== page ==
AntiRetroviral Activities of NEBRI

Project: Research project

Project Details

Description

Utilizing recombinant mRNA differential display a novel cDNA, termed Nebraska One (NEBR1), was cloned from HIV-1 infected monocyte- derived macrophages. NEBR1 functions as a transcriptional repressor with demonstrated anti-retroviral properties. Expressed copiously in HIV-1 infected mononuclear phagocytes (MP), NEBR1, could represent a unique innate immune. We hypothesize that NEBR1 is a natural cellular suppressor of HIV-1 that plays a role in both modulating macrophage function and viral infection during persistent disease. The relationship between NEBR1 and HIV-1 p24 expression in brain MP makes it of special interest to HIV-1 encephalitis and its associated dementia. To these ends we propose to elucidate: (1) the steps of HIV-1 life cycle in which NEBR1 suppresses HIV-1 replication (including HIV-1 entry, HIV-1 DNA synthesis, its genomic integration, and gene transcription from HIV DNA); (2) the DNA binding motif of NEBR1, and (3) the promoter/enhancer region(s) of NEBR1 that are activated by HIV-1. The intent of this proposal is to determine how NEBR1 is regulated and how it effects HIV-1 replication. The potential of NEBR1 to effect viral-host cell interactions is realistic, novel and contains therapeutic implications.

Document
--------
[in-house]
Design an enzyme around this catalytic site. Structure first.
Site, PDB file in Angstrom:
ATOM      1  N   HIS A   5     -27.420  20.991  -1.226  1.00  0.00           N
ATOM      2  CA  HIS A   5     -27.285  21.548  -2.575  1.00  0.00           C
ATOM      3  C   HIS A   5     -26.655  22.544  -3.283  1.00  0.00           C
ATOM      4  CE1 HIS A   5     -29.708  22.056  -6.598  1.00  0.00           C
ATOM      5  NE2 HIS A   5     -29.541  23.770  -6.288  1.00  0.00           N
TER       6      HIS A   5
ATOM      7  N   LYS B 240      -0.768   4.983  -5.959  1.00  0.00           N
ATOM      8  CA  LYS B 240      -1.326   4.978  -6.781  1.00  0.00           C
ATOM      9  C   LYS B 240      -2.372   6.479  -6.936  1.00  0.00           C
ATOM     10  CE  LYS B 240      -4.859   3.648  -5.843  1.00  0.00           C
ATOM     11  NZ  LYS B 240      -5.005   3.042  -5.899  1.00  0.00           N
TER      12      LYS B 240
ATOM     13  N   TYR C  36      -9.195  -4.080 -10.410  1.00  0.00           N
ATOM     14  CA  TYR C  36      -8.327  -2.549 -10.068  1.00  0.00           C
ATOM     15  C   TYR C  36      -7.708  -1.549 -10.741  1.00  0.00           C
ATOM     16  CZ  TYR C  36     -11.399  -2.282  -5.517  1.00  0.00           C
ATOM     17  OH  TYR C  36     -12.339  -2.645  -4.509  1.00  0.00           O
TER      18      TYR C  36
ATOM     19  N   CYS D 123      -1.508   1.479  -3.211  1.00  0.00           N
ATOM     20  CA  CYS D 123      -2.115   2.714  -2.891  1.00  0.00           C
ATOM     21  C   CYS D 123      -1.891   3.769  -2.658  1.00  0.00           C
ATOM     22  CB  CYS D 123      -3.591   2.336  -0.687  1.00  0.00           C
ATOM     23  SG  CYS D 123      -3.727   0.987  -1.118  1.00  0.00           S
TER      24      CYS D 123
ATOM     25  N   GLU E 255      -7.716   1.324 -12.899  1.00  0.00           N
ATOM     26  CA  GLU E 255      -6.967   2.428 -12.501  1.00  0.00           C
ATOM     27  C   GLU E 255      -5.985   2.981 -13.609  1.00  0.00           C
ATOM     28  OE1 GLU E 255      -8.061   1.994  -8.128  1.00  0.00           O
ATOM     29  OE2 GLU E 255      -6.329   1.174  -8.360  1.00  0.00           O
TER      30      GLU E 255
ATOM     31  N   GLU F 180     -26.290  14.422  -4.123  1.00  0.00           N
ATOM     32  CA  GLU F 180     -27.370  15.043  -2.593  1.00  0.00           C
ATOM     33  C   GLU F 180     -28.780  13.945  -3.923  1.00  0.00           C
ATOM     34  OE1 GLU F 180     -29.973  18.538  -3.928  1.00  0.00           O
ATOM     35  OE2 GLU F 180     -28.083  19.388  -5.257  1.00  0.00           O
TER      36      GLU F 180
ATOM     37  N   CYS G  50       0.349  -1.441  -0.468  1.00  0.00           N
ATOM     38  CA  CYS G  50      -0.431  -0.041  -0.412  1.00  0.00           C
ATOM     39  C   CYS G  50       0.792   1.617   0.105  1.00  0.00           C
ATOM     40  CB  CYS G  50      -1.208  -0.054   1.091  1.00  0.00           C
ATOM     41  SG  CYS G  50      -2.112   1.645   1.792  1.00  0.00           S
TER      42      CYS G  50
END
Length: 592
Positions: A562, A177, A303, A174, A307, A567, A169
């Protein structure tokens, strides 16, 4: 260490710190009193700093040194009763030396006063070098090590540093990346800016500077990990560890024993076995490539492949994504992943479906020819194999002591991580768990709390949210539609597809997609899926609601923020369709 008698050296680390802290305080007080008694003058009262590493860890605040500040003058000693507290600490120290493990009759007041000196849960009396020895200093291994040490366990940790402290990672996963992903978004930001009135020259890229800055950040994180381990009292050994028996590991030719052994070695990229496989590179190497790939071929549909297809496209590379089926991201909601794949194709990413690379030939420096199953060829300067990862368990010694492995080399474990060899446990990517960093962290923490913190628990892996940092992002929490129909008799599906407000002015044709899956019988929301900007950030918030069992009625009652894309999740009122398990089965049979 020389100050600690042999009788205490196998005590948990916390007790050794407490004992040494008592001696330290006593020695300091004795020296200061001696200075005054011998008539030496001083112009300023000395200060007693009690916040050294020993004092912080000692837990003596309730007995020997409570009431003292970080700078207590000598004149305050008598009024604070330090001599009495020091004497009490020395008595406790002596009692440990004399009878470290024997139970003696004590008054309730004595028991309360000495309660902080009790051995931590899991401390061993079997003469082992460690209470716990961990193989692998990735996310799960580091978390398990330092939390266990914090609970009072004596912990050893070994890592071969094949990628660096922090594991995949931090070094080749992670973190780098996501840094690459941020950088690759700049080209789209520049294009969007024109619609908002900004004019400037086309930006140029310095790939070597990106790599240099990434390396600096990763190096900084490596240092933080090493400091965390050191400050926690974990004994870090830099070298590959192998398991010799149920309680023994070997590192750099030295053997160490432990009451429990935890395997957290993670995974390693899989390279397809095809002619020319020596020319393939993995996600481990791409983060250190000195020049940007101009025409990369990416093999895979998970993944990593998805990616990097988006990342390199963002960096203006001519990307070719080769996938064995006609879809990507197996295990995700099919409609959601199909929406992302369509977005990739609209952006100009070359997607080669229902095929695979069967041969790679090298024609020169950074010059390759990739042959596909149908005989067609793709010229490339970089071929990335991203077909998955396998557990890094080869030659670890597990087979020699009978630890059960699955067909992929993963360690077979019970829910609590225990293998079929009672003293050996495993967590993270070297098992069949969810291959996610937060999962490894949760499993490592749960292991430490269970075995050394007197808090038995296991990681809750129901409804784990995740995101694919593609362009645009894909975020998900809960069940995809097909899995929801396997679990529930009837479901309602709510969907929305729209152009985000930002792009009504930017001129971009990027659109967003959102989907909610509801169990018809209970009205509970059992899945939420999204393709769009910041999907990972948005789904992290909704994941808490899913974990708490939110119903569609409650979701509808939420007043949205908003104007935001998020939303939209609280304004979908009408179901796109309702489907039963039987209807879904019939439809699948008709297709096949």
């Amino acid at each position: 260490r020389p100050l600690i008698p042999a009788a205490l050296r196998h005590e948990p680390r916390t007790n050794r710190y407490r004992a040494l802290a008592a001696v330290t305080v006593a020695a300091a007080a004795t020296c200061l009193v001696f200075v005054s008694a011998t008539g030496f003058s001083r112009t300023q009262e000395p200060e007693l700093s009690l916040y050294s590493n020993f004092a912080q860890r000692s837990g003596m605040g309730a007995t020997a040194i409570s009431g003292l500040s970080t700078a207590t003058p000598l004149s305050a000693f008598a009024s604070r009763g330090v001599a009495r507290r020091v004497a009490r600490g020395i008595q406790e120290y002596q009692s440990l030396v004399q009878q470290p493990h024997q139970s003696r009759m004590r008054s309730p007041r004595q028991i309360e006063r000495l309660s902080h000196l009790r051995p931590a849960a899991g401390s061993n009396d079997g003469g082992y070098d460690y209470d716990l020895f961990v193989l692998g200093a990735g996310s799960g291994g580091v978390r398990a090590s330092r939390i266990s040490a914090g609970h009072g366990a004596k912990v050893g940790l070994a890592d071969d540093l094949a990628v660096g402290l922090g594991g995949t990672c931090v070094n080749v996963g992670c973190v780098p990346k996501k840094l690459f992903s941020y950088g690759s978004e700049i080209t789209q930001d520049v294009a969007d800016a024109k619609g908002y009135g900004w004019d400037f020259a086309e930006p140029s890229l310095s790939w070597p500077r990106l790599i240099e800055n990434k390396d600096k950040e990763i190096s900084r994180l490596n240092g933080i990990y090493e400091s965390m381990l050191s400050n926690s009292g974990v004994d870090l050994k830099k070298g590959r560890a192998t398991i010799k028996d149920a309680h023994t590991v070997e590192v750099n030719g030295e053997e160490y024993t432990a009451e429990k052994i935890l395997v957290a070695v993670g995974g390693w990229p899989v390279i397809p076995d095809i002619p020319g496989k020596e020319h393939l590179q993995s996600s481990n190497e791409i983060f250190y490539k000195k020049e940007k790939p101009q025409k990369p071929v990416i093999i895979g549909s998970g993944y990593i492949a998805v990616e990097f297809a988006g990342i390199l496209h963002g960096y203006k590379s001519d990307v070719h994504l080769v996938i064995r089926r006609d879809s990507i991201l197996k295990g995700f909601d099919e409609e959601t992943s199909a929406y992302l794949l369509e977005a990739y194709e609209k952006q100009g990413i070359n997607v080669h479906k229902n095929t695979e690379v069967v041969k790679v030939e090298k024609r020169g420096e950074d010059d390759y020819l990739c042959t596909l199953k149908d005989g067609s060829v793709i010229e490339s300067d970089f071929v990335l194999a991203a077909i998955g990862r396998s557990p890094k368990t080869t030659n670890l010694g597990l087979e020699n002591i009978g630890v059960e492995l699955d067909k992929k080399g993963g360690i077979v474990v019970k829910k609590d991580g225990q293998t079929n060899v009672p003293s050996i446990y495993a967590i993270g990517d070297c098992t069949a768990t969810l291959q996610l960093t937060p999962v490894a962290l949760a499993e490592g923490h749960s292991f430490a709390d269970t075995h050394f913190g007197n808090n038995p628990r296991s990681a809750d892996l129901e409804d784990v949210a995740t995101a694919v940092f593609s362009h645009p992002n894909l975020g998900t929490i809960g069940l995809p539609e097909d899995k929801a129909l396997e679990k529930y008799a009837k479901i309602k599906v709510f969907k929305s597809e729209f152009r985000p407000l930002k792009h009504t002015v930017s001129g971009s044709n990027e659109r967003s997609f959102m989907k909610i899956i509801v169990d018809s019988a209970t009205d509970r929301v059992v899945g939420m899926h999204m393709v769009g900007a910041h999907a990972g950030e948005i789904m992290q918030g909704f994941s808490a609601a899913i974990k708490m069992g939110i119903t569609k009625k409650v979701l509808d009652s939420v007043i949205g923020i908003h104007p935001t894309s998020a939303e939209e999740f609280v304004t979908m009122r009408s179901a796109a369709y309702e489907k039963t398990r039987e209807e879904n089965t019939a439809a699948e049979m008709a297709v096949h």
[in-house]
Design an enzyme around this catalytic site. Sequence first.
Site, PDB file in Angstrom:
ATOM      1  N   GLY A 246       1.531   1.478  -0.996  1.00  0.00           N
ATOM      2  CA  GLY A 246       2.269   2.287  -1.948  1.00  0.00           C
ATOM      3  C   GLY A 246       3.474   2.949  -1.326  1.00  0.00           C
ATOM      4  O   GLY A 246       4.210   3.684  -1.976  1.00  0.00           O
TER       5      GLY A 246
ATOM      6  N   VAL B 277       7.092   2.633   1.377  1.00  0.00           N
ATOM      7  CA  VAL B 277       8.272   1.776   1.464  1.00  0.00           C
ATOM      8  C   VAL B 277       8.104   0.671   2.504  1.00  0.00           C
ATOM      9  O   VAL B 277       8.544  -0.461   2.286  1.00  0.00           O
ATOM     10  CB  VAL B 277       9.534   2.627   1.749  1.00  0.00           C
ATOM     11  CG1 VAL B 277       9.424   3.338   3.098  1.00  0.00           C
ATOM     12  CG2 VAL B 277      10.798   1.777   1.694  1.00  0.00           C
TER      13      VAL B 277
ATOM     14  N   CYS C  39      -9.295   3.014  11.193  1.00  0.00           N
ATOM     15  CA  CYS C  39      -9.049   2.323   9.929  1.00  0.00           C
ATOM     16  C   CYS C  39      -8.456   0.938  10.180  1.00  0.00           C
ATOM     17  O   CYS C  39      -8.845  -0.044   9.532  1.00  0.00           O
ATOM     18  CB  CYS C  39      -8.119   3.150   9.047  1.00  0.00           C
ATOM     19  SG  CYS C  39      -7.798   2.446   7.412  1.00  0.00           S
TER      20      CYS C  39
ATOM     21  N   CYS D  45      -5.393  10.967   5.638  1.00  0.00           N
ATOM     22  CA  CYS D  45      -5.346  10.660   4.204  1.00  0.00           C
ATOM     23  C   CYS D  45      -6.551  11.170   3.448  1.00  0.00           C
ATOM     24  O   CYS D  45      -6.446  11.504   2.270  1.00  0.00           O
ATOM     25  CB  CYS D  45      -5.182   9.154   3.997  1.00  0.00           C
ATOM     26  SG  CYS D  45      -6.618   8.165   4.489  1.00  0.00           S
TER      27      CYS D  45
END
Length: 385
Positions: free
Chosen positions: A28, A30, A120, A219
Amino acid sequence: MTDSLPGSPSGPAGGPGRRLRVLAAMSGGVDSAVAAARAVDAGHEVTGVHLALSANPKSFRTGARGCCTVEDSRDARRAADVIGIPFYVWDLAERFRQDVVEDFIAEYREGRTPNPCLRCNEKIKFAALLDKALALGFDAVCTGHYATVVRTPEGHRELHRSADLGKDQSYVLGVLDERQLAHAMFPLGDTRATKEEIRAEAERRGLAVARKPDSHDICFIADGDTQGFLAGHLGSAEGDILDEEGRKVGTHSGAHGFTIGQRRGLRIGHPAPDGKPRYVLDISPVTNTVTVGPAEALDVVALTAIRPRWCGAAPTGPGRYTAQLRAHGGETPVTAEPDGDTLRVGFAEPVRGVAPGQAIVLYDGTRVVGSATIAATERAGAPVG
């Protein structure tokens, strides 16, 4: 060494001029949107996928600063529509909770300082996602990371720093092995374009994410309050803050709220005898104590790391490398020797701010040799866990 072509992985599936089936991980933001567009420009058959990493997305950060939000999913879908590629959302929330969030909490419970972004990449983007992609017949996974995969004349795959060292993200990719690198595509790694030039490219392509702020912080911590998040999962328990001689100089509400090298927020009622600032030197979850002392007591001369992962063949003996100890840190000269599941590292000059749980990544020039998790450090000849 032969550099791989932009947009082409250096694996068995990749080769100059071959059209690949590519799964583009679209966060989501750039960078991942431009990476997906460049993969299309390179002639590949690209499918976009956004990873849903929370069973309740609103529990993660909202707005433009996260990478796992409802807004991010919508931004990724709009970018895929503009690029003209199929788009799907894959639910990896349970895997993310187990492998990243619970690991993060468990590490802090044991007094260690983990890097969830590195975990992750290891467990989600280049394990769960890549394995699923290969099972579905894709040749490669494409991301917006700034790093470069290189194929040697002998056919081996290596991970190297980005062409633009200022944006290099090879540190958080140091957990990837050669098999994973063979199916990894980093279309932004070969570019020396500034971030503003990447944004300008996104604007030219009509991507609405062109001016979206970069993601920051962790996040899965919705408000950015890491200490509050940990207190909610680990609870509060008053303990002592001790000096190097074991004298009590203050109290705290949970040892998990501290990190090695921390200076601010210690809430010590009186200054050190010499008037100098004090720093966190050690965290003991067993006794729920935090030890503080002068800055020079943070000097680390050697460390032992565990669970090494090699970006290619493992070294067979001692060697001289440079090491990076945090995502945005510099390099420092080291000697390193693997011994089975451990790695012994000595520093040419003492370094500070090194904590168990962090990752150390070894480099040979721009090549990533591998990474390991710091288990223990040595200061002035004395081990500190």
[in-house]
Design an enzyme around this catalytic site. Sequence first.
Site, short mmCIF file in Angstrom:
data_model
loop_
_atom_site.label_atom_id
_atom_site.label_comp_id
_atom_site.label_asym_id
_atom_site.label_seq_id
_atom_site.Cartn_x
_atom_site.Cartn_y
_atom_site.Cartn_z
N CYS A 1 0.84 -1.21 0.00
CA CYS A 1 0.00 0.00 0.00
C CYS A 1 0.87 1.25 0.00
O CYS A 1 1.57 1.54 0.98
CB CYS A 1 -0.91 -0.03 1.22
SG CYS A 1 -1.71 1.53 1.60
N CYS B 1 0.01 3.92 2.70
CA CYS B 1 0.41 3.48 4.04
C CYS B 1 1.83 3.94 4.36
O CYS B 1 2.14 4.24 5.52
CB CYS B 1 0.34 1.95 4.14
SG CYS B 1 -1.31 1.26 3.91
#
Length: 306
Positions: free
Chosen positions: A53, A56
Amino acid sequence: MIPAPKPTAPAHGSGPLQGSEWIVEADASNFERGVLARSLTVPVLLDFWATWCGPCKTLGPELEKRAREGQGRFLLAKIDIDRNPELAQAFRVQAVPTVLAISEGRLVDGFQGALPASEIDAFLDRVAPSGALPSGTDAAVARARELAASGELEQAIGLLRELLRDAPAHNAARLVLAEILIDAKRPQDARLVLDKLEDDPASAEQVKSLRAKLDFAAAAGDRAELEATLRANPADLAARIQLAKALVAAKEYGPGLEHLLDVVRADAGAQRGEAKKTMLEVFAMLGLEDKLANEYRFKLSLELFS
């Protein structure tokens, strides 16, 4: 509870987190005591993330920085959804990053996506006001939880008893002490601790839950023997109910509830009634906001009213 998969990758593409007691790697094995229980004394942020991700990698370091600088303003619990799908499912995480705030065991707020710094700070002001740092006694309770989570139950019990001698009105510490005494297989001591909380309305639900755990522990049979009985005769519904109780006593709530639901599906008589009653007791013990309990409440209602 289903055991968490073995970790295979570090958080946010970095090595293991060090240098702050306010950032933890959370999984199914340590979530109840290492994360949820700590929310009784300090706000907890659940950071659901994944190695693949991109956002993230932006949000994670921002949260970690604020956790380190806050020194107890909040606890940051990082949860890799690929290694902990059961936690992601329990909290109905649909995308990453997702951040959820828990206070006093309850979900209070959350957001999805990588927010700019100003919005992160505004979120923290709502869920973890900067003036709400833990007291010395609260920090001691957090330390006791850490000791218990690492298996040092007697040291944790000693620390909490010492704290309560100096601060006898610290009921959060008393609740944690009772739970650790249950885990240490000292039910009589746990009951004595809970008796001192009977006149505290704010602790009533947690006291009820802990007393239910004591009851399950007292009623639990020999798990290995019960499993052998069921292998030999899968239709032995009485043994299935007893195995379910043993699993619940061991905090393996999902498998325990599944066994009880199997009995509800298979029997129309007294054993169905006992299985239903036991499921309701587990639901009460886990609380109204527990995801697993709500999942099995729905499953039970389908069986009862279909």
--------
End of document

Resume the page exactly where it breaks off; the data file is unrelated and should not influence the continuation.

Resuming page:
StatusFinished
Effective start/end date7/1/016/30/04

Funding

  • National Institute of Allergy and Infectious Diseases: $147,000.00
  • National Institute of Allergy and Infectious Diseases: $147,000.00
  • National Institute of Allergy and Infectious Diseases: $147,500.00

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